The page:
Wittgensteinian villages

Last month I guessed that when Ari Wallach said that Hastings-on-Hudson is a village “in a Wittgensteinian sense,” he meant that it was part of a family of things that are called “villages,” but don’t all share the same set of criteria. Wallach confirmed on Twitter that this was what he meant.

Wittgenstein’s example came from the area of games, where poker is competitive and contains elements of chance, tic-tac-toe is competitive but involves no element of chance, and solitaire contains elements of chance but is not competitive. Meanwhile, there are things that are not games but are competitive, like war, and things that are not games but involve chance, like weather forecasting.

In my previous post I had four criteria for “games,” but I chose to focus on two of them to make the diagrams easier to read.

Similarly, George Lakoff argued, a typical mother provides genetic material to her child and nurtures the child once it is born. A genetic mother does not necessarily nurture the child and an adoptive mother does not provide genetic material, but they are both considered to be mothers. A father can provide genetic material, and an teacher can nurture, but they are not mothers. Lakoff calls these radial categories.

(Strictly speaking, war contains elements of chance, and fathers can nurture, so the diagrams don’t quite fit the way people think about these categories, but it’s hard to capture everything.)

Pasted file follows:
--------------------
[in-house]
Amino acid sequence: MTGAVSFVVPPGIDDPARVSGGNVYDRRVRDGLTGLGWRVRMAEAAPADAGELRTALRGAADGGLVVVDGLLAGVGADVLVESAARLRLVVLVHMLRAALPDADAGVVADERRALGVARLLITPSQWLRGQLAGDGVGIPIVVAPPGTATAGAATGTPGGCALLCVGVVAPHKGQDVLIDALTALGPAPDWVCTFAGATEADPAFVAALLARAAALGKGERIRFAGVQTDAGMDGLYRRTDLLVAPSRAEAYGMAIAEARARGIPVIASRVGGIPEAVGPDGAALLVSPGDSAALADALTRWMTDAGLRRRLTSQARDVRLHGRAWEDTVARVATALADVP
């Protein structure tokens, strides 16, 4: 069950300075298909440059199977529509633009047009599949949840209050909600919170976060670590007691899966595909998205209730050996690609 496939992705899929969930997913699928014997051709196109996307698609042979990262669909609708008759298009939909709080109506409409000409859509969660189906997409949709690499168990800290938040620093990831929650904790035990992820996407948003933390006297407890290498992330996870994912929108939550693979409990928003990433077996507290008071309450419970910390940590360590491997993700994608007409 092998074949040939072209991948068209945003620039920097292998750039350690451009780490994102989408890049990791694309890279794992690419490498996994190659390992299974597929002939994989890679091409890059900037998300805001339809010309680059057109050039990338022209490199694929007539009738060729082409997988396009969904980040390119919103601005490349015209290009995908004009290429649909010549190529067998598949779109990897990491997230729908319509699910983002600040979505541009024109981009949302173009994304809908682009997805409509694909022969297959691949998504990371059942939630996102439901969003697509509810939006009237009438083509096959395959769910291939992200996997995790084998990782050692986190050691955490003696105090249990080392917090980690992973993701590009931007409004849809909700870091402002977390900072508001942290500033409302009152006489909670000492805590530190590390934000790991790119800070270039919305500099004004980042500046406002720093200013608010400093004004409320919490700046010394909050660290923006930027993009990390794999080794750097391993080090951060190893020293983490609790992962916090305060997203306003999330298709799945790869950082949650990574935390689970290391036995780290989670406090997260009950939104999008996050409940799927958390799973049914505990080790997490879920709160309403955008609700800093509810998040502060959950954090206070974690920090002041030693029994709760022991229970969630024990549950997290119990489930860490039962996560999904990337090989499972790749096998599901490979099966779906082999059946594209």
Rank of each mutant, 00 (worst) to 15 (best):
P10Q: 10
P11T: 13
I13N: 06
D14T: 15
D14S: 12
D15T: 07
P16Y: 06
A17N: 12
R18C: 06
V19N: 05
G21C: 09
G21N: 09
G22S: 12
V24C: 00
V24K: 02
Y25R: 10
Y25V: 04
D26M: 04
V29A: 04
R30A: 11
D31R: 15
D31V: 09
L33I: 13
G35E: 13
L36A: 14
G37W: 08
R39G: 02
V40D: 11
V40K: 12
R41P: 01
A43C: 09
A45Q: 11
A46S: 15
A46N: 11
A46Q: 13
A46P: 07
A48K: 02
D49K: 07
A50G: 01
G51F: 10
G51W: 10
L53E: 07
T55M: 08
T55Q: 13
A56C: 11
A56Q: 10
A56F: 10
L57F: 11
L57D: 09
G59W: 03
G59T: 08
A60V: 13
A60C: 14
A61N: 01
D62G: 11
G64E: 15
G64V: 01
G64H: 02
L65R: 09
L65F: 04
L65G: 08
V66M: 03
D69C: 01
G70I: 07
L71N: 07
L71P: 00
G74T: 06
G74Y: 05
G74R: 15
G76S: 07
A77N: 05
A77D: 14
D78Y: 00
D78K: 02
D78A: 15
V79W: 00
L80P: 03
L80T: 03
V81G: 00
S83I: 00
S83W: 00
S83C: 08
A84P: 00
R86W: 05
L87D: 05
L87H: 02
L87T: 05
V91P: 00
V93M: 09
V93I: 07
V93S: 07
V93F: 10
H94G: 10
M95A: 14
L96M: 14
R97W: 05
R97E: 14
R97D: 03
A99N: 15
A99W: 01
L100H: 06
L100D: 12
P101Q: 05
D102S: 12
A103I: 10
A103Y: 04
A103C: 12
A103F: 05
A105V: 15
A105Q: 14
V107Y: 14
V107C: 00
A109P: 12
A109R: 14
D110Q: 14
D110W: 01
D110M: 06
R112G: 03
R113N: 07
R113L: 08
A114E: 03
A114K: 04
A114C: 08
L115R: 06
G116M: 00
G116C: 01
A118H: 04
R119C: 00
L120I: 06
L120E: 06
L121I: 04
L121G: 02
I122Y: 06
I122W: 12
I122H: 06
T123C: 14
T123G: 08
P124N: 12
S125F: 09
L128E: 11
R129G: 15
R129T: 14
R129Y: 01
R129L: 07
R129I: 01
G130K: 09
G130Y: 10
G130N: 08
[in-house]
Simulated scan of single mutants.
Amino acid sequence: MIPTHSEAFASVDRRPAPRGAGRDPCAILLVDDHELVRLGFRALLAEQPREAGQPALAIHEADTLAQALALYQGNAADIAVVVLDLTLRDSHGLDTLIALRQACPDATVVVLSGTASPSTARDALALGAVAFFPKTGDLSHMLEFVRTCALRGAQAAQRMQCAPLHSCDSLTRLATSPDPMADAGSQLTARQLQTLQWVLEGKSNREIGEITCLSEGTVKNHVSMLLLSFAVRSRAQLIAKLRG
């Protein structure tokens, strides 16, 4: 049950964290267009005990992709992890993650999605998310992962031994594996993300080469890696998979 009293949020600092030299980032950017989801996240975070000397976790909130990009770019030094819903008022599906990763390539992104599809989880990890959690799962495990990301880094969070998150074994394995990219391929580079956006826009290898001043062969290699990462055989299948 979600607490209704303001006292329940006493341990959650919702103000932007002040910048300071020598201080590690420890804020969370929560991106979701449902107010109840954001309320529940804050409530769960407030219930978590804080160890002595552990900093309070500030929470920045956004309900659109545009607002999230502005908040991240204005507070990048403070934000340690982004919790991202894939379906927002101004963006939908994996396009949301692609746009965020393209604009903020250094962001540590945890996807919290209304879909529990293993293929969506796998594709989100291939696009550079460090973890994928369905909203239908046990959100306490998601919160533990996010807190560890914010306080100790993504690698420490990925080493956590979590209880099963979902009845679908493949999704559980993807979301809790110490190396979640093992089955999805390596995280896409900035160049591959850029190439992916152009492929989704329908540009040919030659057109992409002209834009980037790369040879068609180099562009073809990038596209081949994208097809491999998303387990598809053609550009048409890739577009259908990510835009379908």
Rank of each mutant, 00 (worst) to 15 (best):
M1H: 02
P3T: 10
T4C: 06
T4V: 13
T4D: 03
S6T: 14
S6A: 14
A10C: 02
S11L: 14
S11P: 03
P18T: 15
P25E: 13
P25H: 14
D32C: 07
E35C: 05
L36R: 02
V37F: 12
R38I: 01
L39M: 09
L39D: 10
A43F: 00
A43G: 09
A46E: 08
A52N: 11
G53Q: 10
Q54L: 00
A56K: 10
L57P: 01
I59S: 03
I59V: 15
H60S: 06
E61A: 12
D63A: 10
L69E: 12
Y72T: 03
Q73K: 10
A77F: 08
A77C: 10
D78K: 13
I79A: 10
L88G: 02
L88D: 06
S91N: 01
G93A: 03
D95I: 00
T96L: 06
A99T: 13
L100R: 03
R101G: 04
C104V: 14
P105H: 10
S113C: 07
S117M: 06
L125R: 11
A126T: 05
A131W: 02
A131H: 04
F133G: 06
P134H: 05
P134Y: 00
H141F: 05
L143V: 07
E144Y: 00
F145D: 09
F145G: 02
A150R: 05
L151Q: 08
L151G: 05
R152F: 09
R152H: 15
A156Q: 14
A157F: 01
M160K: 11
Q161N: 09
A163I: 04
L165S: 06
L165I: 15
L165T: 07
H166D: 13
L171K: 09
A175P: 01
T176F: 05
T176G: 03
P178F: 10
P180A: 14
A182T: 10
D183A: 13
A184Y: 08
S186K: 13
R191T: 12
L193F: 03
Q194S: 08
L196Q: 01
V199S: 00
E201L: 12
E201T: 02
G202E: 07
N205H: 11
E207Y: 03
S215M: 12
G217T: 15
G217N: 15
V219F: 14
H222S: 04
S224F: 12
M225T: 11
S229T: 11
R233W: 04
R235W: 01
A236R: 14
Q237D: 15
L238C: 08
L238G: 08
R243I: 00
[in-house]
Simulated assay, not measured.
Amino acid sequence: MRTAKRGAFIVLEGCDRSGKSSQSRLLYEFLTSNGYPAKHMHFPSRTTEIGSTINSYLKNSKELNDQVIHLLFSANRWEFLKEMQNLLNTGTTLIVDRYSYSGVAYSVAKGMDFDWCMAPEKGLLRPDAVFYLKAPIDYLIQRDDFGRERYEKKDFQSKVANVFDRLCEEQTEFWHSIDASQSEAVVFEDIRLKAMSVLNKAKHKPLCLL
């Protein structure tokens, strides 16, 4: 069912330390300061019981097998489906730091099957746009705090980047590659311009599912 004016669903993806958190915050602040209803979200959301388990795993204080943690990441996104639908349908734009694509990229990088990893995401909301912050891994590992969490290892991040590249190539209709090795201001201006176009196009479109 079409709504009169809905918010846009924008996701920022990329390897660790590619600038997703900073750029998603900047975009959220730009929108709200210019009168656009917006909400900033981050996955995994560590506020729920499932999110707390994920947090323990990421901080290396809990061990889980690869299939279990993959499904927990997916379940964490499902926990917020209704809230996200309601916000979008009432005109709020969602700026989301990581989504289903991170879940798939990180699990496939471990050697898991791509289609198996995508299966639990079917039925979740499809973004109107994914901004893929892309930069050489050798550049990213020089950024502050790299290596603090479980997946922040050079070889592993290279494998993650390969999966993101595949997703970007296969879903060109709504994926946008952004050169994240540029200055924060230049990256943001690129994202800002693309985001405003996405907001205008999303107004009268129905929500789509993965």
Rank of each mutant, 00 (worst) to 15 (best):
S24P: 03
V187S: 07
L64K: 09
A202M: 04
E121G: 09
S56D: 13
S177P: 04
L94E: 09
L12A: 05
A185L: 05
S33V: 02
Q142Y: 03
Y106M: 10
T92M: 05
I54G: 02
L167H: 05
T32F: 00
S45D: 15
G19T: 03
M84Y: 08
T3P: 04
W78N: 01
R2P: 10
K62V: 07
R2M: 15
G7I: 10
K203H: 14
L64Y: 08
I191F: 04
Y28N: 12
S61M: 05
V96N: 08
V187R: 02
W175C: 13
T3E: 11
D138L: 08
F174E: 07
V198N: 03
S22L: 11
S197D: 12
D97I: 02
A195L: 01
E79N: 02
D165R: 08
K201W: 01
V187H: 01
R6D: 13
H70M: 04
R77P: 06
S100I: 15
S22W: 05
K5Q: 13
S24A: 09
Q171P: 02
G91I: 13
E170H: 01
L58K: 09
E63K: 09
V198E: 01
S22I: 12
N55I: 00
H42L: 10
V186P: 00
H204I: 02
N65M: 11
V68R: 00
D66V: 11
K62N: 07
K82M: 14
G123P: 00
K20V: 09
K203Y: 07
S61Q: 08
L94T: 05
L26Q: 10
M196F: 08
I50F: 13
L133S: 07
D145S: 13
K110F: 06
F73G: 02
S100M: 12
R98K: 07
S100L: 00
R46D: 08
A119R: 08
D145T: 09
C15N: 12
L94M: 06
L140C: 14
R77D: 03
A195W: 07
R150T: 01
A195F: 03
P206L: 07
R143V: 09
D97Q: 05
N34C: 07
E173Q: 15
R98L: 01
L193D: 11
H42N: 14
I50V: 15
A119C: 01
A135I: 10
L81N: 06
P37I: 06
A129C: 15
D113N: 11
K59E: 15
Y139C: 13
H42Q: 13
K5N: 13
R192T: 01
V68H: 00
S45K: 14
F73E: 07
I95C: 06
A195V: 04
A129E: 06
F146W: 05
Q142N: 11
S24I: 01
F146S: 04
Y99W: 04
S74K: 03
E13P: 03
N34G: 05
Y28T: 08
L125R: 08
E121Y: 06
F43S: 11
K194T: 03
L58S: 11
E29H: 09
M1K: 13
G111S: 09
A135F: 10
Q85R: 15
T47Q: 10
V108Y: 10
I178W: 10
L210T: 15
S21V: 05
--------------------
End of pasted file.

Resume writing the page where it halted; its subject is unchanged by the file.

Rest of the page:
Back to Hastings-on-Hudson: it is legally incorporated as a village, but it is more suburban than rural, bordering on the city of Yonkers. Greenwich Village and Queens Village were once villages, but are now neighborhoods in New York City, and may not be considered villages by anyone anymore. Meanwhile, Huntington Village on Long Island is more rural, but is not legally a village. A typical village, like New Paltz, is incorporated and rural. Then there are rural areas like Wittenberg (where I spent a good part of my childhood, essentially a crossroads with a general store), and incorporated areas like Buffalo, that are not villages.

These “family resemblances” are everywhere in human categorization, and they are the basis for many of what I call “category fights.” The existence of this kind of polysemy is rarely acknowledged, unfortunately, and many people argue over these categories as though they were Platonic categories with necessary and sufficient conditions, when the actual facts are more complicated.